The recent acquisition of ID provider, Acuant by fraud prevention company, GB Group (LON:GBG) is a shrewd move. Acuant’s Trusted Identity Platform which includes AI-powered identity verification, regulatory compliance (AML/KYC) and digital identity combined with GBG’s existing US-based services firm IDology should, says GBG, be a natural complement and bring around £265 million in revenue.
The deal which is worth $736m (£547m), is being paid for with £460m cash and £87m in equity: a combination of £155m partial drawdown against a new £175m revolving credit facility and a fundraising of £305m. The cash box placing which was 725p per share was at a 17% discount to the actual share price of 875p and although the share price bounced back to 756p soon after, at time of writing it is just under 700p and is down around 24% YTD.
Danni Hewson, financial analyst at AJ Bell told The Armchair Trader: “There’s quite a lot for investors to weigh up when it comes to GB Group. On the one hand snapping up Acuant is a very smart move and will help it expand in the lucrative US market. On the other it’s come at a steep price and has required the company to go cap in hand to investors, a move which has unsurprisingly seen the share price tumble.”
Hewson added that the sector as a whole has been a little depressed over the last week as investors weigh up which way central bankers will jump now Omicron has to be factored in and the dance between growth and value stocks is played out. GB Group believes the Acuant acquisition should accelerate its product, data and platform strategy by two years as well as enhance operating margins.
It will also enable GBG to focus on product rather than platform development: Acuant brings a market-ready SaaS version of GBG’s existing on-premise fraud prevention products and its document library also has far greater coverage in the US and other markets. Acuant will also accelerate GBG’s platform strategy with advanced customer interfaces, data capabilities and technology deployed via the cloud.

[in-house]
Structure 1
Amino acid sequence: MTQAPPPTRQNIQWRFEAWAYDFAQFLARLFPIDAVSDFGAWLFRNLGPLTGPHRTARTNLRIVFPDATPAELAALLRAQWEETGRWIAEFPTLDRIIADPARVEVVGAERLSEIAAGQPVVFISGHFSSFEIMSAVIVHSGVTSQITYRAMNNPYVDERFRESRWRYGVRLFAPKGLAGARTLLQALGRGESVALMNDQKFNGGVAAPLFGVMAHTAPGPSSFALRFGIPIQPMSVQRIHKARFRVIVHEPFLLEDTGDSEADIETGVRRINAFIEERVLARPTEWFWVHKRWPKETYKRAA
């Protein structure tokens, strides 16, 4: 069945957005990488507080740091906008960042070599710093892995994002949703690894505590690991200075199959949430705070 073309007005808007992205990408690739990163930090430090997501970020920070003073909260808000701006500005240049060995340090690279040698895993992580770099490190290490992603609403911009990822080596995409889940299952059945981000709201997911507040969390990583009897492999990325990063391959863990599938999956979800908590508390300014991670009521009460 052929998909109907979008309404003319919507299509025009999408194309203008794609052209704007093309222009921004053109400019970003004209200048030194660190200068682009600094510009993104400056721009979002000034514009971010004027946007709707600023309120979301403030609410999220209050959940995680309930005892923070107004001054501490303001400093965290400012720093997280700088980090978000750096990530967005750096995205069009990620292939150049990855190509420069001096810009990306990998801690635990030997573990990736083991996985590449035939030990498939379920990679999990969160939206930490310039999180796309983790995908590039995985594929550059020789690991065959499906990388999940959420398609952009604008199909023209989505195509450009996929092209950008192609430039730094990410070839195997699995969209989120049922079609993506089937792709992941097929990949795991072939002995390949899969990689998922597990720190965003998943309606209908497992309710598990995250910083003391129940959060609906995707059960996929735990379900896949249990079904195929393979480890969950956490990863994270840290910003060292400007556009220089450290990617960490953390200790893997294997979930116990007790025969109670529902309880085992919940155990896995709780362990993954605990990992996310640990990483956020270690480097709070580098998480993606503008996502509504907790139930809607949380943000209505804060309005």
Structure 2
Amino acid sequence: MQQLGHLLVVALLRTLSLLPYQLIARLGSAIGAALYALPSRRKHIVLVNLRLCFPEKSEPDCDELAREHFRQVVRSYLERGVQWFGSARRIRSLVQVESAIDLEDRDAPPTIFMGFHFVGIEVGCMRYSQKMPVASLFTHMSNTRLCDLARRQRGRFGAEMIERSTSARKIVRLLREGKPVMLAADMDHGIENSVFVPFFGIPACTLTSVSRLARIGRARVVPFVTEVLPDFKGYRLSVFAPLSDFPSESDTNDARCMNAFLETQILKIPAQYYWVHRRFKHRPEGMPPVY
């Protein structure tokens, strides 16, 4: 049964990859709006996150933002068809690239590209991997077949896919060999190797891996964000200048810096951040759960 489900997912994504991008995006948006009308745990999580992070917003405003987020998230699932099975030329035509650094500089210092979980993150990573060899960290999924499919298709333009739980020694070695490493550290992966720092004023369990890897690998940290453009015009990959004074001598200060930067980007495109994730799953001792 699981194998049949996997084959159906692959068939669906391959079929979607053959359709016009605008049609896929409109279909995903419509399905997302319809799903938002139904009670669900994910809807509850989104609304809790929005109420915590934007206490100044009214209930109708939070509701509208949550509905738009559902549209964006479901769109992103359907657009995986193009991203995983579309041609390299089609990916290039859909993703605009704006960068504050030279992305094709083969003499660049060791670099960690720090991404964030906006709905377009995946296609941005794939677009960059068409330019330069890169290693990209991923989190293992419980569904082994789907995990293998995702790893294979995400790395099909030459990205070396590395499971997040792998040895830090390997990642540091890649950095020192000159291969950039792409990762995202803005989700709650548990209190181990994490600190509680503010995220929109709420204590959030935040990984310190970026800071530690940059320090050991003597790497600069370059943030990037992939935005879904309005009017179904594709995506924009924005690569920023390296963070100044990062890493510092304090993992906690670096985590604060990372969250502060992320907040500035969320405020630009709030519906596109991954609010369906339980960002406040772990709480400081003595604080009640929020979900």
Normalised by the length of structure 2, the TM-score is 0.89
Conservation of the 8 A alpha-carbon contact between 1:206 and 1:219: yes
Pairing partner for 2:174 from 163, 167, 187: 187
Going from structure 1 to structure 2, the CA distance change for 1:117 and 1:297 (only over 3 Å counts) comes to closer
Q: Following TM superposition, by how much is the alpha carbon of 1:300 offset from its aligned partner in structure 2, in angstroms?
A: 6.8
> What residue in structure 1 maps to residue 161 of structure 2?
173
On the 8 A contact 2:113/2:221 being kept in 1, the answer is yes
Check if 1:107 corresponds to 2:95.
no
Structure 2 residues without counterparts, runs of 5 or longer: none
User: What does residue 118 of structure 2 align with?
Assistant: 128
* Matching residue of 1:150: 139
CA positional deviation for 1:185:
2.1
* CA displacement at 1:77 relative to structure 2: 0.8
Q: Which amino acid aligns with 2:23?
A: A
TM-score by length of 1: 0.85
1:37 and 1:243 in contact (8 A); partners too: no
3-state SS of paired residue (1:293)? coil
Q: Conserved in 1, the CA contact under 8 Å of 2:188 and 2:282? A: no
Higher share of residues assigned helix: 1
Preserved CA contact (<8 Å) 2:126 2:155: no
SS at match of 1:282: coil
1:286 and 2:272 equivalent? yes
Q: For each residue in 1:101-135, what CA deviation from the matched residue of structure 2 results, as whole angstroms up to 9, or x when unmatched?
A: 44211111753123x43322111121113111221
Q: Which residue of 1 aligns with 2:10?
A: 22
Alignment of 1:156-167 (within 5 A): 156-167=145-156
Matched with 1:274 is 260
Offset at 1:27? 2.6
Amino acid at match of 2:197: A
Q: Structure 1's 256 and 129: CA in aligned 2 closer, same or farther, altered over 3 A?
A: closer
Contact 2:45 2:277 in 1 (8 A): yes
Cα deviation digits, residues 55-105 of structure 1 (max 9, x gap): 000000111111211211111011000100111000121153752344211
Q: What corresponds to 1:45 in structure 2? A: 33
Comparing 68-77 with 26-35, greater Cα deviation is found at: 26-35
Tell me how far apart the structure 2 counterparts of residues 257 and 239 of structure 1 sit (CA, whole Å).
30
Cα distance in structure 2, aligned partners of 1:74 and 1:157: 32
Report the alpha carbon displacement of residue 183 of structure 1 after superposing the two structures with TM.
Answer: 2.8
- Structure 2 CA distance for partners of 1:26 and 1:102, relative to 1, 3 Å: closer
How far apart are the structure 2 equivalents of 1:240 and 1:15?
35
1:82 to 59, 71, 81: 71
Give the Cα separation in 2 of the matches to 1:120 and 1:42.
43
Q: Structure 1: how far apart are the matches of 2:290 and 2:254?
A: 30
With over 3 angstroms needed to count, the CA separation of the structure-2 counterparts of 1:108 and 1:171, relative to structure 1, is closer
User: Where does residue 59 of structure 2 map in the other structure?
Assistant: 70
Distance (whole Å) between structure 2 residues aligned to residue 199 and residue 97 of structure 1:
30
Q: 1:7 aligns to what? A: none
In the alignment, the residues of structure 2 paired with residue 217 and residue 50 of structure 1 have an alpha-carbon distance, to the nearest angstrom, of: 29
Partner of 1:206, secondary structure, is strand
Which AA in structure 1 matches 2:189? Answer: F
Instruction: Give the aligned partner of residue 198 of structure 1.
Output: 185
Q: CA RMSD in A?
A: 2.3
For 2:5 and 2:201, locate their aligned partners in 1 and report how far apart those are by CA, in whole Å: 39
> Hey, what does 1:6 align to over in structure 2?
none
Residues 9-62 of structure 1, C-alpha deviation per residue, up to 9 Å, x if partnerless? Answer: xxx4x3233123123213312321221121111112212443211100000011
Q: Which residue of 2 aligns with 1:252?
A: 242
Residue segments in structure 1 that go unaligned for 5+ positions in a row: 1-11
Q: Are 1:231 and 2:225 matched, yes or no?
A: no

Financials – slow but steady
While adjusted operating profits were up 3.5% to £27.8m, operating profit decreased by 5.2% to £14.8 million. This was mainly driven by an increase in the charge for equity-settled share-based payments as a result of a greater number of share options granted to team members and executive directors, and the resumption of spending on travel and marketing and the start of an increase in headcount.
The lower profit also takes into account £12.9 million of costs associated with the amortisation of acquired intangibles, share-based payments and exceptional items (2020: £11.2 million). Of these costs £12.8 million (2020: £11.0 million) were non-cash items and £0.3 million related to transaction costs associated with the acquisition of Acuant. As of 30 September 2021, GBG had £39.5 million of net cash.
It’s also worth keeping in mind that this is a growth market, if not highly competitive. The surge in the number of fraudulent activities worldwide, along with the rising adoption of ID verification systems in banks and other financial institutions, will drive the growth of the market in the coming years. ResearchandMarkets.com estimates that the ID verification market should reach $33 billion by the end of 2030, and North America is anticipated to register the largest revenue of about $12 billion.
Is it time to buy?
Despite the drop in share price, latest research by Edison Group estimates that GBG is trading at a premium to its identity management peers – Experian and Equifax – but at a discount to higher growth, lower profitability identity access management (IAM) and cybersecurity (CS) peers – Darktrace and Okta – and that in fact, Acuant will grow faster than GBG.
The drop in share price is certainly an opportunity to get in on the action at a more reasonable level and adds Hewson, “although growth hasn’t exactly been stellar which may give would-be investors pause, it has been steady.”